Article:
Each turn the players roll the three yellow movement dice, plus the black dice if they have cars on the tarmac, and apply the values rolled to their cars in any order they wish and move ever forward (literally too, reverse movement is against the rules. It is a race after all!)
You cannot move through active vehicles at all, and to move through a wreck you must roll 4.5 or 6 on a battle die or become wrecked yourself.

You can attack your opponents three ways. Moving into the same square allows you to make a Ram attack, you each roll one red battle die and add the cars class to the result, if the attackers score matches or is greater than the defenders the attack is successful and the defenders car is wrecked, any other result is a miss.
Moving to a space directly behind an enemy a shooting attack can be made by rolling a single red die. If the result matches or beats the class of the attacked vehicle then the shot is good and the car is wrecked.
Finally, once per turn, you may call in your attack chopper to make a single shooting attack against an enemy. The bonus of the chopper attacks is that they do not cause obstruction so if you fail a shot with a car you can always try again with a chopper!

Once a cars movement takes it beyond the edge of the second board the track moves on, leaving behind any wrecks and slow racers! The first board is removed, losing any vehicles still on it, and placed at the front to form a new stretch of road. The only thing to stay are the black wrecks which are placed on their marks to make new obstacles.

The race is won when one player is the only one with active cars on the board.

For a children’s game, and a relatively simple one at that, this game is a immense amount of fun! My group can never have just one race as there are almost always scores to be settled from the last one and vendettas seem to carry over from game to game regardless of the days between!

For those wanting more than a simple game there are a few homebrew advanced rules to be found online. My favourite so far is ‘ThunderRace’. which can be found on, and it adds rules for armour, chopper to chopper combat, dropped weapons such as firebombs and other hazards. It adds a lot to an already enjoyable game.

For the price a good condition copy of ThunderRoad goes for online I would say that anyone whose interest is peaked by this, or any other review, should give it a go. It is a good game and would make a nice, different, addition to many a collection. I give it 7.9/10. It would score higher were it not for the old components, but it’s damn close!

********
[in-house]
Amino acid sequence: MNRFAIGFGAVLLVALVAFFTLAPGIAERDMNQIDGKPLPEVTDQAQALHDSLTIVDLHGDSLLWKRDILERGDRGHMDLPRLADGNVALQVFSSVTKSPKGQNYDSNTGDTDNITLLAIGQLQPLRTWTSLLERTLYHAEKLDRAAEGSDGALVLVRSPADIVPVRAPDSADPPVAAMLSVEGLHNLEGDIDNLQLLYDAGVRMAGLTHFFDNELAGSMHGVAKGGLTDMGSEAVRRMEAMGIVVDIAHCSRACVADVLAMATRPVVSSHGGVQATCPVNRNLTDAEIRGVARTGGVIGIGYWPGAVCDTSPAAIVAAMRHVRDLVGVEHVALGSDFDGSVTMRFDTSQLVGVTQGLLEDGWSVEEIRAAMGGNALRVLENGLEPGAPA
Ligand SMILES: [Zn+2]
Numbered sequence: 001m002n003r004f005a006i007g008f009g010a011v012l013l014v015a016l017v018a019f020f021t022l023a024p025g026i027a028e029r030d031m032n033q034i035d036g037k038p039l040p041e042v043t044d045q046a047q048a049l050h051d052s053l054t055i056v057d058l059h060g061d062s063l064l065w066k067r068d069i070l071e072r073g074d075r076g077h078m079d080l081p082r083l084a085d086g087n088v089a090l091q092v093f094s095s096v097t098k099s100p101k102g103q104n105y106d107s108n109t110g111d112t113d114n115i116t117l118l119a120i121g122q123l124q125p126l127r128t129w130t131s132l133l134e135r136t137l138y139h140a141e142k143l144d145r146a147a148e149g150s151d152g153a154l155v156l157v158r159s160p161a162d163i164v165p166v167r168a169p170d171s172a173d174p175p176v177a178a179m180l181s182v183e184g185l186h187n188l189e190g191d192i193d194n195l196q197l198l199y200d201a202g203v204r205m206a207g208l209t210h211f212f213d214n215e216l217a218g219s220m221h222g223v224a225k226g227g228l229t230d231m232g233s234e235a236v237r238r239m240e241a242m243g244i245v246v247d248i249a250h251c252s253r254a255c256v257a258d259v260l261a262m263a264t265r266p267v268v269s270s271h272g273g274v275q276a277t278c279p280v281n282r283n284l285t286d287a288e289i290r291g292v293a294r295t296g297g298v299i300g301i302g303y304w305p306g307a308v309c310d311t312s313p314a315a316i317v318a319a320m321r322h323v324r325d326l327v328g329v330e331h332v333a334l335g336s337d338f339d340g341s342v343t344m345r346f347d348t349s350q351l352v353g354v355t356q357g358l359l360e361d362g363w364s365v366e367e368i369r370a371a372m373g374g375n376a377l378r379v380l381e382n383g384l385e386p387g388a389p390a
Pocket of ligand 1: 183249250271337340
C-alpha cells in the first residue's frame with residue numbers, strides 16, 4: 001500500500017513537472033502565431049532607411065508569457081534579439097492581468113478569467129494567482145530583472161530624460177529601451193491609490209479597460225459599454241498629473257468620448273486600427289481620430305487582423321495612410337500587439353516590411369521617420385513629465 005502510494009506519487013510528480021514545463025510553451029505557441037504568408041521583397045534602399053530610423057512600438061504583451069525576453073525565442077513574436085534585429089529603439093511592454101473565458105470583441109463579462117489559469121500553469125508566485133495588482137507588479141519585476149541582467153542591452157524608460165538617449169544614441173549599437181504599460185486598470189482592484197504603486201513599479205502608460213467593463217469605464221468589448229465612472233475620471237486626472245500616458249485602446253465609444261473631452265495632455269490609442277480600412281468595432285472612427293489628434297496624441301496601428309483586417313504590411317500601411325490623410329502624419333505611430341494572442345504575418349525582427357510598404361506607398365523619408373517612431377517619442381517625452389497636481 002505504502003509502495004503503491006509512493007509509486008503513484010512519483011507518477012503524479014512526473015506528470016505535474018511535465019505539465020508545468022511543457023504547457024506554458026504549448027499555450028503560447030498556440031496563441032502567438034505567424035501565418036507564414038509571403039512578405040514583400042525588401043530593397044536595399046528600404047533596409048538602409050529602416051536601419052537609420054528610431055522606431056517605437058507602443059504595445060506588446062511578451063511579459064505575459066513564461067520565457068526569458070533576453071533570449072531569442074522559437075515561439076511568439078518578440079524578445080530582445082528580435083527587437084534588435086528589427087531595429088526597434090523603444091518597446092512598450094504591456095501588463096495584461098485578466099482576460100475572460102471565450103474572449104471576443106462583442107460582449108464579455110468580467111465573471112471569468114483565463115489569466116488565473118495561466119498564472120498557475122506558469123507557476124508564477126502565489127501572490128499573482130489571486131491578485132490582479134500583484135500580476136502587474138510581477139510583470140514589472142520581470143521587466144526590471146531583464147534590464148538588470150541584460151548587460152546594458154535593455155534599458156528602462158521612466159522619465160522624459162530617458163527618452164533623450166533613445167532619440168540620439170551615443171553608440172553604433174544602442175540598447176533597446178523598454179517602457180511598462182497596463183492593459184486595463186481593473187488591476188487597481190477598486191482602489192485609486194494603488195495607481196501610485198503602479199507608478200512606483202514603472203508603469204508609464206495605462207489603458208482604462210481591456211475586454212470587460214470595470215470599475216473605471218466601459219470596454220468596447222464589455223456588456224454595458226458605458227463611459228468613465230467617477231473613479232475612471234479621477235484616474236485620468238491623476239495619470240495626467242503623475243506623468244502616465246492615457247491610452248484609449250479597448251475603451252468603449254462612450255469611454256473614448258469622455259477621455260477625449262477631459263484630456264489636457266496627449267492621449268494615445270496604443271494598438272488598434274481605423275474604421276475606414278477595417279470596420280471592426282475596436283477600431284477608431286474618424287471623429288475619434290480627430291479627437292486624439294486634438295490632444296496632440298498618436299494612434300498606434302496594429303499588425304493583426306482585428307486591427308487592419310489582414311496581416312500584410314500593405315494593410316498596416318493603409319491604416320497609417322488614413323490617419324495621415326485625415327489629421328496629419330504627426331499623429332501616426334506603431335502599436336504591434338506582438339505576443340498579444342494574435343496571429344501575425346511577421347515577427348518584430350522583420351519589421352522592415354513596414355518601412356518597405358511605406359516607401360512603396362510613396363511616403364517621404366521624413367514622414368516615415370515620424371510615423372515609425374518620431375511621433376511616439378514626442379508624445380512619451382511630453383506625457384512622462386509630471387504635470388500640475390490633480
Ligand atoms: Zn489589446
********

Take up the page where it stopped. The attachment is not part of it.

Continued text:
Thursday, 2 May 2013

Smash Up... Team ups and mash ups ahoy!

Smash Up

Released in 2012 by AEG (Alderac Entertainment Group) Smash up is a 2-4 player ‘Shufflebuilding’ game featuring a host of stereotypically geeky factions from aliens and robots to the often conflicted ninjas and pirates.
The artwork on the box, which itself feels nice and sturdy with a vinyl-esque finish to it, is really good. Featuring an all out brawl between the contained factions and a very comic book styled title banner. This caught my eye the first time I saw it.
The rule book bears the same image as well as the games sub title ‘The Shufflebuilding game of total Awesomeness!’ and the rules are some of the most concise, simple and well written I’ve come across yet! They get the rules across with none of the usual messing around and unnecessary fluff that others are bogged down with. Some games, don’t misunderstand me here, benefit greatly from all of the added blurb that the writers put in but it isn’t always implemented in the best way, and this can make a slightly complex game into a sodding mystery when you have to sift a rule books pages for the one little box of text you need and find it hidden on a page that, at first glance, contains nothing important or related to gameplay. As I said, with Smash Up there is none of this, the rules are straight forward and uncomplicated and most of what you need to know is written on the cards themselves!
Inside the box was a treat too. The inside has a compartmentalized plastic insert, allowing you to keep your different factions separated when not in play and with enough spaces to accommodate future expansions, the first of which is out already.

The cards are very nice. Not the best I’ve held but better than the average for sure. They shuffle very well, in fact out of the box they are probably the best shuffling cards to date (and considering the main theme of the game is ‘shufflebuilding’ this is a good thing!), and the artwork and finish is really good.

The cards are divided up into eight different 20 card faction decks and one 16 card Base deck.
The factions are Pirates, Ninjas, Aliens, Zombies, Wizards, Tricksters, Dinosaurs and Robots. Each one has different strengths and abilities and is divided into Minions and Action cards. Minions are used to score points and the actions are pretty self explanatory really, they let you do stuff!
At the start of a game the players chose two of these faction decks and ‘shuffle’ them together to form one deck, this is the ‘Shufflebuilding’ element. This creates the chances for many combinations and many random conflicts.

Based purely on the look and feel of the contents, and the rule book, I would give Smash Up 9/10 so far. Really well made, good looking and fun, and that’s before the first game!


Awesome Sauce!
This game is so simple to play and so fun! Each turn players get to play one Minion and one Action card, or just one of either. Some cards allow you to play extra minions or actions and even return cards from the discard pile (which for the Zombie faction is one of the main points!) and play said cards onto the base cards, of which there are one per player +1 (so a three player game there are four bases).